The birth of modern hydroponics took place around 100 years ago, but humans have been devising creative ways of growing crops in difficult situations since farming began. While some historians believe that hydroponics were used by ancient civilisations, this is very much a matter of conjecture depending upon where definition boundaries fall. Nevertheless, there are many examples of irrigation and fertilisation methods throughout history. We’ll briefly explore them below.

The Aztecs built rafts of rushes and reeds called chinampas. These were lashed together and loaded up with organic, mineral-rich sediment from the lake bottom. Crops of vegetables, flowers, and even trees could be grown on these, and the roots were able to grow through the rafts and into the water.

The Ancient Egyptians maximised the benefits of the River Nile flooding and depositing mineral-rich silt across otherwise barren land. During the dry season, they were able to grow crops with the aid of irrigation. A simple device known as a shaduf (shadoof), a counterbalanced pole with a weight at one end and a bucket at the other, was used to deposit water either directly onto the land and into irrigation channels.


The existence of the Hanging Gardens (of Babylon) is a matter of debate, although they are elaborately described in several accounts. They were thought to be built around 600 B.C. and were speculated to have been destroyed by an earthquake in 226 B.C. Their exact location is by no means certain, although it is likely that a creative solution for irrigation would need to have been found. The Greek geographer, Strabo, described the gardens as:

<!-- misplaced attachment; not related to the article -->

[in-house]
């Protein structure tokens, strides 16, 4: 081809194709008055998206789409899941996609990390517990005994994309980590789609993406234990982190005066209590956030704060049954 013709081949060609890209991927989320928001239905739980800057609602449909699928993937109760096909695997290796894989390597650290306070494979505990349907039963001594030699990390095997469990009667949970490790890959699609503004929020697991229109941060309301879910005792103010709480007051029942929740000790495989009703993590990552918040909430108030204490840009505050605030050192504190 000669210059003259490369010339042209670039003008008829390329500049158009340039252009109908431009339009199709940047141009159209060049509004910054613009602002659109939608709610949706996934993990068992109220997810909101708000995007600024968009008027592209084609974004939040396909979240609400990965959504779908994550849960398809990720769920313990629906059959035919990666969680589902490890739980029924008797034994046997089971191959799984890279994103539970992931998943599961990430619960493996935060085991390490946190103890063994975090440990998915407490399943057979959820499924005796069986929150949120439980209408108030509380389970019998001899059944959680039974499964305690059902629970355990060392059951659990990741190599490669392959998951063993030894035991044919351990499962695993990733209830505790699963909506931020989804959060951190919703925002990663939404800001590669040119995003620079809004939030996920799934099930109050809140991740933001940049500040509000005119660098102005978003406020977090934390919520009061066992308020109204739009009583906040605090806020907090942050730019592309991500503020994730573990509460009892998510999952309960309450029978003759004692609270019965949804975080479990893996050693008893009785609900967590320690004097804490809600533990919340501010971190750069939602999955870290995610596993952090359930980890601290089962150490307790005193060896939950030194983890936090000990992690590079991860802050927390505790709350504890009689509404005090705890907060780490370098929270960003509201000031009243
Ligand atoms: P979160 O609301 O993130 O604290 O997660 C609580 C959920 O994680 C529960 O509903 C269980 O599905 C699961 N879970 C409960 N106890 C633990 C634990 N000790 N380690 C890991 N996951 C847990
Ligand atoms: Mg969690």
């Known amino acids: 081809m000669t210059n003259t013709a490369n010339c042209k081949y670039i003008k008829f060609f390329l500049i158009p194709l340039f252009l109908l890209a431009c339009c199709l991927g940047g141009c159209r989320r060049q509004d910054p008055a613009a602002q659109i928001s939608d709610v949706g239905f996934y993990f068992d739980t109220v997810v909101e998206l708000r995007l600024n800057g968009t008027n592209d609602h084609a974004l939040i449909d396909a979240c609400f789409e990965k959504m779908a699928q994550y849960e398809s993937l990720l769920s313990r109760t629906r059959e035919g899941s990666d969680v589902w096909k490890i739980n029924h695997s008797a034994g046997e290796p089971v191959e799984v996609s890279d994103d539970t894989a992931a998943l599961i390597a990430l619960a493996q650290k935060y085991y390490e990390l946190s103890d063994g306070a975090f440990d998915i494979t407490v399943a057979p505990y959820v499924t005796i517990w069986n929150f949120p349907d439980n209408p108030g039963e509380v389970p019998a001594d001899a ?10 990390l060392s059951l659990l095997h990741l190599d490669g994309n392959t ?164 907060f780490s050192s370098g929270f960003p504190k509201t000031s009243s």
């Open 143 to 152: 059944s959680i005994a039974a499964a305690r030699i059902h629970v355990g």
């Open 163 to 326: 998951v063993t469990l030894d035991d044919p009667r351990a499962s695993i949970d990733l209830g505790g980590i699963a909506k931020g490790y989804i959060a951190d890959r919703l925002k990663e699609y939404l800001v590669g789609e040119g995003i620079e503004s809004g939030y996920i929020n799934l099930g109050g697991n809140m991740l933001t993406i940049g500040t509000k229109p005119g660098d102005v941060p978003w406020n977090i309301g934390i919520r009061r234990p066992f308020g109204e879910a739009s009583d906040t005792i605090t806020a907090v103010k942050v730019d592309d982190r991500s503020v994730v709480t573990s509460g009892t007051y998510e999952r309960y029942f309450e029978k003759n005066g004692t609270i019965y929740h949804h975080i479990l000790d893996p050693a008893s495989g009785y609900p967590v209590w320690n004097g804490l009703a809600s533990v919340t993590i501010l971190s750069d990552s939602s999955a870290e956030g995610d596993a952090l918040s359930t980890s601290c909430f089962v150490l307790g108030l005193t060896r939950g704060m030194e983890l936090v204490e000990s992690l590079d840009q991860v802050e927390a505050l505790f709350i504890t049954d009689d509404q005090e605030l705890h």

“The ascent to the highest story is by stairs, and at their side are water engines, by means of which persons, appointed expressly for the purpose, are continually employed in raising water from the Euphrates into the garden.”

The method used could have been a chain pump; a continuous loop of receptacles (e.g. buckets, troughs, or clay pots) attached to a chain around winding gears. This device is known from archaeological excavations and texts to be in existence since around 700 BC.


Contemporary Hydroponic Methods

In 1929, following years of research, a fascinating article appeared in a popular science journal of the time. William Frederick Gericke, while working at the University of California, grew 7.6 m (25-foot) high tomato vines using hydroponics. It was claimed that a space of 2.3 m^2 (25 square feet) yielded 136 kg (300 pounds) of tomatoes. A similar tomato grown in soil usually produces only 3.2 kg (7 lb) of tomatoes. Similar experiments produced potatoes that grew 7 times faster than in soil. This had enormous implications for large commercial scale growing and the potential alleviation of world hunger. In fact, today, many greenhouse crops are grown using hydroponic methods.